Stanton: 56 homeless veterans off Phoenix streets

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By Christina O'Haver By Christina O'Haver
By Christina O'Haver By Christina O'Haver
By Christina O'Haver By Christina O'Haver
By Christina O'Haver By Christina O'Haver
By Christina O'Haver By Christina O'Haver

PHOENIX -- More than 50 homeless veterans will have a roof over their heads this holiday season.

Two months ago, on Veterans Day, Phoenix Mayor Greg Stanton promised to get all known homeless veterans off the streets by Christmas.

Project H3 Vets, an initiative dedicated to ending veteran homelessness in Phoenix, identified 222 chronically homeless veterans two years ago. More than half of them served in Vietnam.

Stanton announced Thursday that 56 remaining chronically homeless veterans were placed in housing by Wednesday.

On Nov. 12, the day after Stanton's pledge, the Phoenix City Council allocated $100,000 to accelerate the efforts.

"This milestone accomplishment is the result of will, strategy and perseverance," Stanton said in a statement. "We set about this challenge as team with a united purpose, and, as a result, Phoenix can take its place as role model city for gratitude and care towards veterans."

Phoenix sought to become one of the first United States cities to end homelessness among veterans and engaged in a friendly competition with Salt Lake City, Utah.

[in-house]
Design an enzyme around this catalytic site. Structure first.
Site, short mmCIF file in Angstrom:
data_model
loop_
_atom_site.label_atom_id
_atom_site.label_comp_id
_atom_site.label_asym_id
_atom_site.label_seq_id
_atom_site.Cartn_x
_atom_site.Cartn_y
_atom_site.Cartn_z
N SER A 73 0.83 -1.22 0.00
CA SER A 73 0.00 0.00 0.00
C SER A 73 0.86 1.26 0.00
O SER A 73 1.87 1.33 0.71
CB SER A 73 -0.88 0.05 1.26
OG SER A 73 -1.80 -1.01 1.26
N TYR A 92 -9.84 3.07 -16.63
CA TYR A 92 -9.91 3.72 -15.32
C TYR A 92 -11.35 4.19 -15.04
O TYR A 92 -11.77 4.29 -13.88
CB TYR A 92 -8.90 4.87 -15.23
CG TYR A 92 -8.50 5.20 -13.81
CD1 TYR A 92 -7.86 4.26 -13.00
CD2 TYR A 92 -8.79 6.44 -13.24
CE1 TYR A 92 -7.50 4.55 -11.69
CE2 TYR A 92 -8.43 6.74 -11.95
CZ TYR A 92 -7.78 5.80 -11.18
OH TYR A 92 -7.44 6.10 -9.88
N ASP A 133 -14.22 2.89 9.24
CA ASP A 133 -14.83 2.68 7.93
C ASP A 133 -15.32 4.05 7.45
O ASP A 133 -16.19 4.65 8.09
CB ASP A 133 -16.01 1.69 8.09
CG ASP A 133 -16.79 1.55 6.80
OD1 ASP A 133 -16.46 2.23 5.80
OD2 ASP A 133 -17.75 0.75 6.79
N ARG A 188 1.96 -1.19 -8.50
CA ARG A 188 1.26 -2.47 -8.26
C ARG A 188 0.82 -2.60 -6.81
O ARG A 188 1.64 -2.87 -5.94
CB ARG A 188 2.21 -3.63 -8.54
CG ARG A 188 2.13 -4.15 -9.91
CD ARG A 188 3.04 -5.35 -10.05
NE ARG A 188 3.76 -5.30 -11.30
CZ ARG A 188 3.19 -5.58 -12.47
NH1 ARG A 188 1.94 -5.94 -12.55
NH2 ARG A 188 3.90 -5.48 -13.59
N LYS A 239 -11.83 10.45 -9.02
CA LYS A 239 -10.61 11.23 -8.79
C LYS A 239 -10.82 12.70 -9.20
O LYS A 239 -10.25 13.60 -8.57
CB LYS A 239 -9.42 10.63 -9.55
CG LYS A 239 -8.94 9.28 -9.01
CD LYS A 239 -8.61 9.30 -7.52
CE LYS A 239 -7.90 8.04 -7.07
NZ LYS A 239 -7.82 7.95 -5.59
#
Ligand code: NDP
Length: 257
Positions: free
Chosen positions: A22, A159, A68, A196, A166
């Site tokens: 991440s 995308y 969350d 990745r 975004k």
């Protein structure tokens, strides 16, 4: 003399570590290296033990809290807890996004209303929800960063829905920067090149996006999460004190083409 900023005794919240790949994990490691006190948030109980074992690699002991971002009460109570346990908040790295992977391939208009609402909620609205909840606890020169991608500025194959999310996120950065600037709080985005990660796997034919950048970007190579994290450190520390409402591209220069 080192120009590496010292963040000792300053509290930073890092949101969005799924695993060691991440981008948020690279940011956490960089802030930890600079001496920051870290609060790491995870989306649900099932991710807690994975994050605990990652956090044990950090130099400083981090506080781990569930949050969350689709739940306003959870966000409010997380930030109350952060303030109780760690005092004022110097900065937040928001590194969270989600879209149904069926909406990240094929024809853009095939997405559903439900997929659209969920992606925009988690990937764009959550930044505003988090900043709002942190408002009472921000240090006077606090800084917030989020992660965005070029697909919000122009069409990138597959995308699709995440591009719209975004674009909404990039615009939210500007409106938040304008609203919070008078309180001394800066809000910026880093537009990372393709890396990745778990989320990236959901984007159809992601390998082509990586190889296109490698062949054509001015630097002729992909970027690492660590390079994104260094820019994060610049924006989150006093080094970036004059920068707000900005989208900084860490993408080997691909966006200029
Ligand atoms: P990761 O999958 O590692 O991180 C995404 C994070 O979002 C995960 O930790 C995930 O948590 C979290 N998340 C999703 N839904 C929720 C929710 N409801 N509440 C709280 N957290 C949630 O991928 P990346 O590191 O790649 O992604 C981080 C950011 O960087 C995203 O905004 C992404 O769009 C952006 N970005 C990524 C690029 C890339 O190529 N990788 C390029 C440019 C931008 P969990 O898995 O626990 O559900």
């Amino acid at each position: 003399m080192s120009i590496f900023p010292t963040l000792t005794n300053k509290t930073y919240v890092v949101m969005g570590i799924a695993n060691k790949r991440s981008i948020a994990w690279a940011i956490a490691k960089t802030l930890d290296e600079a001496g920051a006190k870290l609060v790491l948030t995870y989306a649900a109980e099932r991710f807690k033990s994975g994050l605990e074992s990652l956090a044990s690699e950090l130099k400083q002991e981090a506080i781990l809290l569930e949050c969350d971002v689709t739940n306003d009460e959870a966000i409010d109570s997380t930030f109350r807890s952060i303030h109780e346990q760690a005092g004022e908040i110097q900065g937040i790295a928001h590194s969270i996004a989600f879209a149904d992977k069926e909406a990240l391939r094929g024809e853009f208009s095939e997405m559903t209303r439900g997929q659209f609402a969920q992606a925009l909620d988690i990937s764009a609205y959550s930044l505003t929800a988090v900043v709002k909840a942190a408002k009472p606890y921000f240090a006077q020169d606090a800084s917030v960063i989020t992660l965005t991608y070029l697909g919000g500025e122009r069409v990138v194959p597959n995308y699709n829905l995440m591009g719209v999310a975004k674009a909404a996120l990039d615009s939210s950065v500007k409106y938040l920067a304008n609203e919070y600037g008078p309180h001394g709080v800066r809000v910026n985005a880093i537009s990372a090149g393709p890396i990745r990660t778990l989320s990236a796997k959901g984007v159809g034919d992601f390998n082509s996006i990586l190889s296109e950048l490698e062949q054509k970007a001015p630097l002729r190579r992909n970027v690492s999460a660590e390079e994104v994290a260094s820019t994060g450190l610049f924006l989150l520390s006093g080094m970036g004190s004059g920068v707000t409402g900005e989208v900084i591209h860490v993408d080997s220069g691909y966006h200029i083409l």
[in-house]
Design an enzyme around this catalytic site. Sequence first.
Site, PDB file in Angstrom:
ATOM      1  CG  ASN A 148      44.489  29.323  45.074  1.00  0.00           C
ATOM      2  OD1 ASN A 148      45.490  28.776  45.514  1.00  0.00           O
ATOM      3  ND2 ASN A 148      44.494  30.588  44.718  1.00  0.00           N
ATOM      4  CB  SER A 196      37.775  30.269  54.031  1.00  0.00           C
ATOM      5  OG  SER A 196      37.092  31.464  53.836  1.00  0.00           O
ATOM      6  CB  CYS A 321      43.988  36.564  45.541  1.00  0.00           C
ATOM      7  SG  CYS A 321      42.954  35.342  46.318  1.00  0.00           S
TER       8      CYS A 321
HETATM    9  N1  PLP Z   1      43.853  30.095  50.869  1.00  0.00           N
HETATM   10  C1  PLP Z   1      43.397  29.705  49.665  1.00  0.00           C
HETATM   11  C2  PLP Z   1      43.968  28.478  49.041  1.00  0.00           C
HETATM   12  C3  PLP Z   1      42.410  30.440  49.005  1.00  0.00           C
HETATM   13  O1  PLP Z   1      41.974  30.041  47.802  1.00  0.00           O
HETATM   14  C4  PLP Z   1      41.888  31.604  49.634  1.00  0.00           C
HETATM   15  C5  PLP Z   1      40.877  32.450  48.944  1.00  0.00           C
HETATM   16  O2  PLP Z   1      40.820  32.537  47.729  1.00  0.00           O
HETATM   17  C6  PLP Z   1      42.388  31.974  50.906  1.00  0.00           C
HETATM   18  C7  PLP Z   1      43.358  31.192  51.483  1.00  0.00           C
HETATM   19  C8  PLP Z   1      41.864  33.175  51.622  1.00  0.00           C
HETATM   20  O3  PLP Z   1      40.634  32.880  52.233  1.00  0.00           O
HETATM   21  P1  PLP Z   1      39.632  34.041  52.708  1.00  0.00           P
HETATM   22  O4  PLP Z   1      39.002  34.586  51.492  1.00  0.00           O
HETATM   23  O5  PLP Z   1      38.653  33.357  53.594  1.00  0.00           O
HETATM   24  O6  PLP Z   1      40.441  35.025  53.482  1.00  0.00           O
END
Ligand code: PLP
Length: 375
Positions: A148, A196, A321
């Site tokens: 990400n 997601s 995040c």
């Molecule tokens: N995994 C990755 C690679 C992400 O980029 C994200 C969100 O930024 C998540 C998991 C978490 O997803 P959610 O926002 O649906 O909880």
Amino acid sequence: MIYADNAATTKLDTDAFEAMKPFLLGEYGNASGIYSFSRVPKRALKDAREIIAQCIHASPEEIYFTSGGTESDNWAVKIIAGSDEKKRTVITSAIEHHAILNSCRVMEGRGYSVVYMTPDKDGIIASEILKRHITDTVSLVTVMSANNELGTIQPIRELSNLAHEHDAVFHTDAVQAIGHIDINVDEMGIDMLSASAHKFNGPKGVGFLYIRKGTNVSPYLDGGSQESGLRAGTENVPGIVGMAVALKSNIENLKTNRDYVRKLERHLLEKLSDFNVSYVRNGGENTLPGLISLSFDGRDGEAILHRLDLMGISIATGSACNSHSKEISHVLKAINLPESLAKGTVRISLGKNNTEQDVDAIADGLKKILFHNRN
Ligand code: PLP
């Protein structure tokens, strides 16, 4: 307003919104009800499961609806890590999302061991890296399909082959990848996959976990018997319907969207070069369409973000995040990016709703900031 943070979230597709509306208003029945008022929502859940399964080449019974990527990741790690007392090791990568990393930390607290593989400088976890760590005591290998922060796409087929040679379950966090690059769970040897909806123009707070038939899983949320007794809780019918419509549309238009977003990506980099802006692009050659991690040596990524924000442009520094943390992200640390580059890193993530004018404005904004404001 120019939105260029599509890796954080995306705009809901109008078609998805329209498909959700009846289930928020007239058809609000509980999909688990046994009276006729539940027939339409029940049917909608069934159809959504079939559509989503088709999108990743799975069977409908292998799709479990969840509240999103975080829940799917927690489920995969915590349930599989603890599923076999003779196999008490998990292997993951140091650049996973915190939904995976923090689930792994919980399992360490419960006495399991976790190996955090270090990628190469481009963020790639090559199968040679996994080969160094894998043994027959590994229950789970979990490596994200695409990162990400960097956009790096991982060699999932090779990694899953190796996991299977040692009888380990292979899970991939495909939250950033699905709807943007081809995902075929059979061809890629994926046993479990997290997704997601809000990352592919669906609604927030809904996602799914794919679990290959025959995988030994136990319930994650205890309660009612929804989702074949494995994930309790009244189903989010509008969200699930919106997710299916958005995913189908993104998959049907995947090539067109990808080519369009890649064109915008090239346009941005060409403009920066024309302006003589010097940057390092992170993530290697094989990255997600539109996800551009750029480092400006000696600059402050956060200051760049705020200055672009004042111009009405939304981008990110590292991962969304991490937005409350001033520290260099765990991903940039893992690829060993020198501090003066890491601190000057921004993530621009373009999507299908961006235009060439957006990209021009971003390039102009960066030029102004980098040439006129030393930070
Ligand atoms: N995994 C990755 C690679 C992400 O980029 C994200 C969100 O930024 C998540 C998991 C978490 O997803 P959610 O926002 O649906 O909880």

City officials said each veteran will be transitioned into permanent housing by Feb. 14.

The average amount of time the vets had been homeless was eight years.

President Barack Obama made it a nationwide priority to end chronic veteran homelessness by 2015, and praised Phoenix's progress during an August speech at Desert Vista High School, city officials said.

Phoenix used more than $6.5 million in federal grants and $1.8 million in city general funds to fight homelessness this year, according to city officials.

"The leadership of Mayor Stanton, the entire city council, and key state and federal partners has been critical to our progress in ending chronic homelessness among veterans," Brad Bridwell, the co-chair of the city's Military and Veterans Commission, said in a statement.

"The alignment among all sectors -- government, nonprofits, business and faith -- on this issue has been truly amazing and resulted in real gains for veterans."